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System will boot with no errors, but will only get so far into Windows (safe mode, normal) before it locks up (but still accepts mouse input).

Tried a live disk to boot from, and I can copy just shy of a GB before the copy stops, and accessing anything on the filesystem takes 5-10 minutes to process.

This leads me to believe that my array is bad. I need to copy a 53gb file (mailstore that wasn't backed up (don't ask)) from this disk, but I can't find any errors anywhere to diagnose.

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What kind of RAID mode are your running? – George Tasioulis Sep 28 '11 at 10:49
It was RAID 5. I think the controller is dead. Even new arrays fail after small amounts of data transfer – derjur Sep 28 '11 at 17:17

Usually at this point I'd boot to the PERC tools (it's running RAID?) and use the onboard diagnostics on the array to see if there's a bad spot or spots. If the damage is to one drive, you can replace it and see if the array can be rebuilt, or at least remove the bad drive from the array and see if that makes the access issue stop.

Does Windows boot in command line mode only safe mode, and able to run a chkdsk?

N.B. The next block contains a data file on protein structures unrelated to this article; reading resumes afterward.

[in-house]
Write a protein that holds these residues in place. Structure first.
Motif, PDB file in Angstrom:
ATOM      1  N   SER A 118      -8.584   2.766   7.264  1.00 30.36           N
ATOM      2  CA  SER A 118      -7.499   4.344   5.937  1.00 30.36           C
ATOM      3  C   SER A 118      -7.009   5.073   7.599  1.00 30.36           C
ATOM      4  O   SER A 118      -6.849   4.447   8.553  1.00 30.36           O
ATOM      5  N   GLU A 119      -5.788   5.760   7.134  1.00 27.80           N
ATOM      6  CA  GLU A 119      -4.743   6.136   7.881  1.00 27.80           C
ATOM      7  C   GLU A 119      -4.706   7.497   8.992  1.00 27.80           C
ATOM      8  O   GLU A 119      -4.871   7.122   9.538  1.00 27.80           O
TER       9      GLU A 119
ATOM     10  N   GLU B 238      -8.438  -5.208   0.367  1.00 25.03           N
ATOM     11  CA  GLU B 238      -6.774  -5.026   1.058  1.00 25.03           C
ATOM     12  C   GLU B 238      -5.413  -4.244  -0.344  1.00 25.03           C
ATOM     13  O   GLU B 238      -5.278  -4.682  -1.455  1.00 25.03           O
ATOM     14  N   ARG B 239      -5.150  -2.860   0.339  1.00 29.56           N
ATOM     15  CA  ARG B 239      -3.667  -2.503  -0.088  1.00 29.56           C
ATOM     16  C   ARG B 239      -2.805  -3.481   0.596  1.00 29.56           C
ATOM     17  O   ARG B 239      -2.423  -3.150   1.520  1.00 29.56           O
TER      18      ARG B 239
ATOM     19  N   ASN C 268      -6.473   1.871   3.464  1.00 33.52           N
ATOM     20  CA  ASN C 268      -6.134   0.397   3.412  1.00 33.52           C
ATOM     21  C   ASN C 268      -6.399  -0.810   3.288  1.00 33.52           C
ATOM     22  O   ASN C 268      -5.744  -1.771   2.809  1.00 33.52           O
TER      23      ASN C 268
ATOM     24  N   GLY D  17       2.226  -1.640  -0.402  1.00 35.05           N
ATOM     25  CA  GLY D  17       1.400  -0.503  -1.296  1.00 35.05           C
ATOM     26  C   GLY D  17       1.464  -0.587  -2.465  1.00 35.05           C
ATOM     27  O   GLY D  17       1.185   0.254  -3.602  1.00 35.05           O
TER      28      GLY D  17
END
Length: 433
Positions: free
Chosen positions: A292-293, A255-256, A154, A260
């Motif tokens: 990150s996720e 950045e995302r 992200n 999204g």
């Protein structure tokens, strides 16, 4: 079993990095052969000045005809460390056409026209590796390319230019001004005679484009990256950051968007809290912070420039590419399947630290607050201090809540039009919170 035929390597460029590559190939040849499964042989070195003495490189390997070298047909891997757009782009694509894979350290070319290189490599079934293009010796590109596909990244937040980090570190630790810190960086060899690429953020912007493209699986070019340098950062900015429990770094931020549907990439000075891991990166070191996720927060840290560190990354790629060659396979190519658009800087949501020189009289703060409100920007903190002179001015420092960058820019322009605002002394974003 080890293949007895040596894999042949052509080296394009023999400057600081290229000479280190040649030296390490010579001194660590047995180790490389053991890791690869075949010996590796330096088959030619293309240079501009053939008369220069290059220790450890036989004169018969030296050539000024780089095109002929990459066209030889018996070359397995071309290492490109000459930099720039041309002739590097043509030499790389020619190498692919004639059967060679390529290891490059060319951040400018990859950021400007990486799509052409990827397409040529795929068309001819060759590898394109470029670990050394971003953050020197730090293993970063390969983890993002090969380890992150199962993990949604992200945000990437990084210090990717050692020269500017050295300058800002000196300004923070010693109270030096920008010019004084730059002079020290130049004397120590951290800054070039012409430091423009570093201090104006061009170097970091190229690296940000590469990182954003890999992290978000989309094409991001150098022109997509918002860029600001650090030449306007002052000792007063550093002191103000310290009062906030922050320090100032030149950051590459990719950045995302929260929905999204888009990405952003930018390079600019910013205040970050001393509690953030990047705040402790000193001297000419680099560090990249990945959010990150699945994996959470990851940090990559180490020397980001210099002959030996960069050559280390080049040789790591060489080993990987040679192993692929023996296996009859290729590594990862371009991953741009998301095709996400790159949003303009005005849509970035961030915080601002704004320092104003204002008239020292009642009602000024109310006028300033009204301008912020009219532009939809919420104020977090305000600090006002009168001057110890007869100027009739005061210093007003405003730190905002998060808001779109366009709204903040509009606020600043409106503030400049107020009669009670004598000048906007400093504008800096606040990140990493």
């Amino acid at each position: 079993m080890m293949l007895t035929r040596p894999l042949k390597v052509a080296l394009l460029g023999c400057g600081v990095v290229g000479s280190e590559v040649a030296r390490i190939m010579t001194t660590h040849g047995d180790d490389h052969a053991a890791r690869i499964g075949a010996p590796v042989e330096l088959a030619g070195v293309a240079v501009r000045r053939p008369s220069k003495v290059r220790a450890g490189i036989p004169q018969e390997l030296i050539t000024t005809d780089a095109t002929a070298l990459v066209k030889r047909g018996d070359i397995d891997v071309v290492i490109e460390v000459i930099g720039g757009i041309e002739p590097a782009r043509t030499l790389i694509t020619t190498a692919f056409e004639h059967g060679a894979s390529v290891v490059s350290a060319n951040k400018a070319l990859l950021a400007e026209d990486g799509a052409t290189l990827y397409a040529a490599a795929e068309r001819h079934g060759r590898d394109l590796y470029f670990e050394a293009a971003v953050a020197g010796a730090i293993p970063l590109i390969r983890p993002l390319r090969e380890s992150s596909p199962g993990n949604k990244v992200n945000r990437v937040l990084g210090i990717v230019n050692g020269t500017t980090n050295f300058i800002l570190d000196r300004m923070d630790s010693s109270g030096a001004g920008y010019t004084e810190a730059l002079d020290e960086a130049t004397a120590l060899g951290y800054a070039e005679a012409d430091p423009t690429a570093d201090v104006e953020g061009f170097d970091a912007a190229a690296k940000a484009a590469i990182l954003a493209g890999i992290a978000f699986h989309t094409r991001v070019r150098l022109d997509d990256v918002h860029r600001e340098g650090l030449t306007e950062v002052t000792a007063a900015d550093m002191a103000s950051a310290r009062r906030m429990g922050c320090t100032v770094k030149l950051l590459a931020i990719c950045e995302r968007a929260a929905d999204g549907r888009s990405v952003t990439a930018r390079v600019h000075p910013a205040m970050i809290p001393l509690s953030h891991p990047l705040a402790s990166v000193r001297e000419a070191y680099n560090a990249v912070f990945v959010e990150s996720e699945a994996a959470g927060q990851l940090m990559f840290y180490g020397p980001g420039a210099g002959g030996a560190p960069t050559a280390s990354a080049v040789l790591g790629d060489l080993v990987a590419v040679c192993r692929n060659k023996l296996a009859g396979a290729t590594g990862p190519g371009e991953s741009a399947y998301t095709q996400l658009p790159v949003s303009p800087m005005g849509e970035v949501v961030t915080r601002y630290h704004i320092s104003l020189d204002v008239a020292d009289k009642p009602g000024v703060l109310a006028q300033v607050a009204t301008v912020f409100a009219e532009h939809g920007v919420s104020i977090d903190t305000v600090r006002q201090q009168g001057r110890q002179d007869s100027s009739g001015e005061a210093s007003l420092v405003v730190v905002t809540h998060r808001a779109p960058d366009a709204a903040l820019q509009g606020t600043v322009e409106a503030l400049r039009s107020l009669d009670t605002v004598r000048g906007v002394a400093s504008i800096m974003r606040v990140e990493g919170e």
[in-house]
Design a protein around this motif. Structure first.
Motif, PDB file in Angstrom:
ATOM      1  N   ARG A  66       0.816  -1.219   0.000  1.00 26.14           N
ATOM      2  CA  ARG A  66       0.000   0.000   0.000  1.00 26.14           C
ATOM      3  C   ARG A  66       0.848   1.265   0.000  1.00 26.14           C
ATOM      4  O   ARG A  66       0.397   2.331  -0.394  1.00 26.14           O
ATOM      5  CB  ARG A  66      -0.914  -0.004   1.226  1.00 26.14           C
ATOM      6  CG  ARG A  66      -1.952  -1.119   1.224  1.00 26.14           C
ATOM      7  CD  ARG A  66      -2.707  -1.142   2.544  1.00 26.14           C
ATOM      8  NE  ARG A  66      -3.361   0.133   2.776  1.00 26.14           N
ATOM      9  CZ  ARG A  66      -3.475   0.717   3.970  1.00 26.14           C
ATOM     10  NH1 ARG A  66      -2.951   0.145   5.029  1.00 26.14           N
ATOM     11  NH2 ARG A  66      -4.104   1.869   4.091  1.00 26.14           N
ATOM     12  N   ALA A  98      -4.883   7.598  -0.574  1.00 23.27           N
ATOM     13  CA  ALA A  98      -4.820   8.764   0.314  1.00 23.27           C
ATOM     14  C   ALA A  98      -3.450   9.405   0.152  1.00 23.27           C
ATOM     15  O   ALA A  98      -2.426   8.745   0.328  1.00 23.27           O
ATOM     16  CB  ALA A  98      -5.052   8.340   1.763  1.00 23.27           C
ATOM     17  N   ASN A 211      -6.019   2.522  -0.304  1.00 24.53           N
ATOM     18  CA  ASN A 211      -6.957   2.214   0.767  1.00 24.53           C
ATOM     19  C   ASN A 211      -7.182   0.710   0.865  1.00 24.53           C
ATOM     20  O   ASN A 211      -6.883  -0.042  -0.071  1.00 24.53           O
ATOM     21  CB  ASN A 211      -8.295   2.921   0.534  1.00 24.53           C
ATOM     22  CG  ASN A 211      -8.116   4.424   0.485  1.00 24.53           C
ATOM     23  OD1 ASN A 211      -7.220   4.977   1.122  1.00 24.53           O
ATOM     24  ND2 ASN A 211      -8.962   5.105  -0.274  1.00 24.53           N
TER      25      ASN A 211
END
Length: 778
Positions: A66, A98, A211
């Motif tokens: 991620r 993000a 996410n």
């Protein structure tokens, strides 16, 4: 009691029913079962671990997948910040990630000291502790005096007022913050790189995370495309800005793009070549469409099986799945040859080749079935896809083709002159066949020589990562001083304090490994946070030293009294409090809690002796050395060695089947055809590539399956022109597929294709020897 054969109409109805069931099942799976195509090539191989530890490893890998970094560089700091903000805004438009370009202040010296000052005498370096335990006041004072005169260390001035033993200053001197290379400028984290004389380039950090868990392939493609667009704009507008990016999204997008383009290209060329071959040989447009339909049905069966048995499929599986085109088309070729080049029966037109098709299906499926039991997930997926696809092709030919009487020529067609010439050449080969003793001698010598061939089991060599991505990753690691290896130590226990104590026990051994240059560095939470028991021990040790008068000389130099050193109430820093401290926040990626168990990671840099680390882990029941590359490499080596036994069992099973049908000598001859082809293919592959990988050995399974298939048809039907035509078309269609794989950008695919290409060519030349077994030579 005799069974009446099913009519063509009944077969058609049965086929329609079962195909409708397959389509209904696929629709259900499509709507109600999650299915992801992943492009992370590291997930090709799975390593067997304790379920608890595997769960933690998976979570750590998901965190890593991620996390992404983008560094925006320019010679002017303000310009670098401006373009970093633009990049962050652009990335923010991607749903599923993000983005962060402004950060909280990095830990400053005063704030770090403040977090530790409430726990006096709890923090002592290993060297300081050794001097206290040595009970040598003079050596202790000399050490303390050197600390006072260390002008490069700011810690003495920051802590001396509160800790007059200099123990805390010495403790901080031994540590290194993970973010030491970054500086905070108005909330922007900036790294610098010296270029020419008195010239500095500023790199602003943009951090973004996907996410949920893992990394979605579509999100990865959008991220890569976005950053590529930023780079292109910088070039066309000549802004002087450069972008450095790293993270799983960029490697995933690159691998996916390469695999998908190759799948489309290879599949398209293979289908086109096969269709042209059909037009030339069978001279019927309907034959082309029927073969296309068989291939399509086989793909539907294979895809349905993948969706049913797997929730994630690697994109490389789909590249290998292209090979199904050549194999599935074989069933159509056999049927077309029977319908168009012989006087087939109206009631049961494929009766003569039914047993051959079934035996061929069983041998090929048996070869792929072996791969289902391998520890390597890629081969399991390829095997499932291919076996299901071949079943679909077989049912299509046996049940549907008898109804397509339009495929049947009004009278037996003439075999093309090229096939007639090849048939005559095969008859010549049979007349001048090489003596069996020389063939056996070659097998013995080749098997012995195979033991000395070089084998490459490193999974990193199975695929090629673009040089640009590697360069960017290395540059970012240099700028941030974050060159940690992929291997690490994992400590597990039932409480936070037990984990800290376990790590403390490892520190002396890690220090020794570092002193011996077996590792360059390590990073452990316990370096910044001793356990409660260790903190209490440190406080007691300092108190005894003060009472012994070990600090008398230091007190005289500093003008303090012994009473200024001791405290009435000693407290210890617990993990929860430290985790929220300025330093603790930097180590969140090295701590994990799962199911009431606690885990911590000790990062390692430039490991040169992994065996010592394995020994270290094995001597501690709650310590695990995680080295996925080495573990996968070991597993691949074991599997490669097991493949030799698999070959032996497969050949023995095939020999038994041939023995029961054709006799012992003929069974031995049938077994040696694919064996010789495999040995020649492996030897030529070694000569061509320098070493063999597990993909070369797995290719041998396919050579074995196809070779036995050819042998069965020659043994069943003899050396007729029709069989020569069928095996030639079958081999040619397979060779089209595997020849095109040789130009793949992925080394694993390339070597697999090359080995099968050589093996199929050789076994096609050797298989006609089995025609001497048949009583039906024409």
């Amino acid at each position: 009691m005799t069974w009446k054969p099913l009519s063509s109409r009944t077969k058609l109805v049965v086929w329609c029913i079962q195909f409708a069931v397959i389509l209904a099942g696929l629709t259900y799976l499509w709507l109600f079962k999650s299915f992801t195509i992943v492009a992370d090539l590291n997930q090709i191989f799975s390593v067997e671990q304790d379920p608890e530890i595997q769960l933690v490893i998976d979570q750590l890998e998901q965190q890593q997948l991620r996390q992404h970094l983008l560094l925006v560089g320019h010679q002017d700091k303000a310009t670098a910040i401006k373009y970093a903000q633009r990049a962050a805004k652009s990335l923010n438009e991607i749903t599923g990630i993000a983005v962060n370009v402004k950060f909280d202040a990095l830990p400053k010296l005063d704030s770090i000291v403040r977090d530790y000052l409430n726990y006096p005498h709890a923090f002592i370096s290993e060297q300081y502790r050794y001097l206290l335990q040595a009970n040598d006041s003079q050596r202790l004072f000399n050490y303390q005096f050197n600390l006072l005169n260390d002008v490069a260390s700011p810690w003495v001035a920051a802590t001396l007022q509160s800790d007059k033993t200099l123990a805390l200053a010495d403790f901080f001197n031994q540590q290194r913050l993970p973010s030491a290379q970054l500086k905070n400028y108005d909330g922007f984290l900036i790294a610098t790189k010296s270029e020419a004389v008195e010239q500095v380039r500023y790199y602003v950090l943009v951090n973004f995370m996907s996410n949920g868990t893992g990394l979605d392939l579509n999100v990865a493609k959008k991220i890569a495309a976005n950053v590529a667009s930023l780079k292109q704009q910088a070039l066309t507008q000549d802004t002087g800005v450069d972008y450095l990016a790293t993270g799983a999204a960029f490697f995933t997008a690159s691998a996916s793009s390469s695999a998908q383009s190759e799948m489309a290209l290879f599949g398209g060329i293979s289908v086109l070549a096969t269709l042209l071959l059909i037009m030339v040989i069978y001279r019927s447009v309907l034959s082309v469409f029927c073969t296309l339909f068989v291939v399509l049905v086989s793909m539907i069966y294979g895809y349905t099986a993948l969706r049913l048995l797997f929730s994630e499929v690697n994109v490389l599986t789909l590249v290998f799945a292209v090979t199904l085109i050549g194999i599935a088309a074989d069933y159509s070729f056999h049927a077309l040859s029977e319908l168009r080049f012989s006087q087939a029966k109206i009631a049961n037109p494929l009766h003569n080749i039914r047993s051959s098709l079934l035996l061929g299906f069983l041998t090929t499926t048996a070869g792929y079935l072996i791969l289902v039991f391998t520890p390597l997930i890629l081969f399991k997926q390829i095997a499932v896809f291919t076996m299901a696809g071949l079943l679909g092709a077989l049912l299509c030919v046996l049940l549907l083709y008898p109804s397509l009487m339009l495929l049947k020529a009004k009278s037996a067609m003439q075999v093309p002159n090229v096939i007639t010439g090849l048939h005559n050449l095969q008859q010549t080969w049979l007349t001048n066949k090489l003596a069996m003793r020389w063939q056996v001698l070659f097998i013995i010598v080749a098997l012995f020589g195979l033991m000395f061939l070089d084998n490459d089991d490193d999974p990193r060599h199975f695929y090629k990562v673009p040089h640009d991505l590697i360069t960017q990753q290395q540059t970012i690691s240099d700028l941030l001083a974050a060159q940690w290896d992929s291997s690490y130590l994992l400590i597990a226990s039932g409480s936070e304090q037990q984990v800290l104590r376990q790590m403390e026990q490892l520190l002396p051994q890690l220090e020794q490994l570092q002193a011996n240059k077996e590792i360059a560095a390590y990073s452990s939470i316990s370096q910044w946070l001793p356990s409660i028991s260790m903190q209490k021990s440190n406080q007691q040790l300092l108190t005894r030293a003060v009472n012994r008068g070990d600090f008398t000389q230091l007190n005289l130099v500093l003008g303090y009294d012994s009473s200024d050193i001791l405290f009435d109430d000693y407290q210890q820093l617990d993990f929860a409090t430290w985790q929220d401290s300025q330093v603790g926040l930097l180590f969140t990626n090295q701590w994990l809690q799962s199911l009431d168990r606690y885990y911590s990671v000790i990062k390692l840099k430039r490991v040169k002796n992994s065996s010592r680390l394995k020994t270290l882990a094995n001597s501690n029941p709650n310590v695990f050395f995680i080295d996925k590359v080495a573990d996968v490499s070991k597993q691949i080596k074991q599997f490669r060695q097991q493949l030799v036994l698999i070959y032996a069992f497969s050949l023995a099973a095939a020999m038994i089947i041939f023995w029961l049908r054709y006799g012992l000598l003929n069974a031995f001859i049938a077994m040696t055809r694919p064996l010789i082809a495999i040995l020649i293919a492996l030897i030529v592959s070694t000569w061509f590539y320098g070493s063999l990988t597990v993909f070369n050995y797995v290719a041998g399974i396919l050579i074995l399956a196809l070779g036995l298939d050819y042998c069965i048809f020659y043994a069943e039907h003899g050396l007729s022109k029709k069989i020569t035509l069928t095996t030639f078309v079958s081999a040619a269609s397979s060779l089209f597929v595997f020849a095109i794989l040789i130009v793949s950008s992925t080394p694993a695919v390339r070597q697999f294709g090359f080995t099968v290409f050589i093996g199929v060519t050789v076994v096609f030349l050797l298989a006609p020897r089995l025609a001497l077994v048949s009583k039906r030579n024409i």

I don't know if a Linux RIP disc could see the volume or not; if it did, I'd suggest using NTFSClone to try copying files. If you Google for NTFSClone you should find example command lines to run for retrieving files with that utility. Or dd-rescue.

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Backups would have saved your bacon here, but I'm assuming that since you need a file locked in there behind some weird hardware error, you don't have them. So step one is to write a sticky note to yourself to get the rest of your environment backed up once you've finished ironing this problem out :)

As to the problem itself- it really does sound like a storage problem, however could even be the motherboard or some sort other component in the storage path. If you're running raid with redundancy (raid 5, 6, 10, or 1), you would be able to swap out a disk if it's not working. That said, when disks go bad, they tend to make a lot of noise about it and have helpful error messages, so I'm more inclined to think you're looking at a controller problem. If this is the case, replacing it or updating the firmware should fix your problem.

Before you consider any firmware updates or raid controller changes, have you opened a ticket with Dell? It's their gear, and they know it better than any of us.

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Backups failed due to a non-related issue. Long story :S – derjur Sep 28 '11 at 13:33
That's the worst :\ So what about the vendor? Have you involved Dell yet? – Basil Sep 28 '11 at 14:10
No, this thing is way out of warranty. Recreated the array, same problem. Assuming it's the controller or motherboard. arg – derjur Sep 28 '11 at 17:18
When you say you recreated the array, what do you mean? Did you see a failed disk on PERC, exchanged it and allowed time to rebuild? Or wasn't there a failed disk at all? – George Tasioulis Sep 28 '11 at 17:47

Our solution was to buy a new server.

RAID controller went bad on the Dell. Might have been able to rescue by swapping disks out to another machine, but didn't have a spare machine.

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